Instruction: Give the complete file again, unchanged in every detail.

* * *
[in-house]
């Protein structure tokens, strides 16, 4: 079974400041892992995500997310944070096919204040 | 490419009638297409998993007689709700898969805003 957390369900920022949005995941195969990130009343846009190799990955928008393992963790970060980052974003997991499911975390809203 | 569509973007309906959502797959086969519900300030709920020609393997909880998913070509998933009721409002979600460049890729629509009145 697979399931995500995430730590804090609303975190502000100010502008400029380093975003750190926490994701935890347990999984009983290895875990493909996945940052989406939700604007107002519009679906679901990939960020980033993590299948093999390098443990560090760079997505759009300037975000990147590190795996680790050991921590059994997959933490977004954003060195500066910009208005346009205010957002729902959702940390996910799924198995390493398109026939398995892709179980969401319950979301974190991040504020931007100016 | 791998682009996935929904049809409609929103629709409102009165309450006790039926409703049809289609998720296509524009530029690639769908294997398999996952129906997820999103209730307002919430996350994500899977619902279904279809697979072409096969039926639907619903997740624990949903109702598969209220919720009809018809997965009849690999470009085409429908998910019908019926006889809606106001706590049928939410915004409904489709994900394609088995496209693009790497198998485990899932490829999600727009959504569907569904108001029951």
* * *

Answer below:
[in-house]
């Protein structure tokens, strides 16, 4: 079974400041892992995500997310944070096919204040 | 490419009638297409998993007689709700898969805003 957390369900920022949005995941195969990130009343846009190799990955928008393992963790970060980052974003997991499911975390809203 | 569509973007309906959502797959086969519900300030709920020609393997909880998913070509998933009721409002979600460049890729629509009145 697979399931995500995430730590804090609303975190502000100010502008400029380093975003750190926490994701935890347990999984009983290895875990493909996945940052989406939700604007107002519009679906679901990939960020980033993590299948093999390098443990560090760079997505759009300037975000990147590190795996680790050991921590059994997959933490977004954003060195500066910009208005346009205010957002729902959702940390996910799924198995390493398109026939398995892709179980969401319950979301974190991040504020931007100016 | 791998682009996935929904049809409609929103629709409102009165309450006790039926409703049809289609998720296509524009530029690639769908294997398999996952129906997820999103209730307002919430996350994500899977619902279904279809697979072409096969039926639907619903997740624990949903109702598969209220919720009809018809997965009849690999470009085409429908998910019908019926006889809606106001706590049928939410915004409904489709994900394609088995496209693009790497198998485990899932490829999600727009959504569907569904108001029951």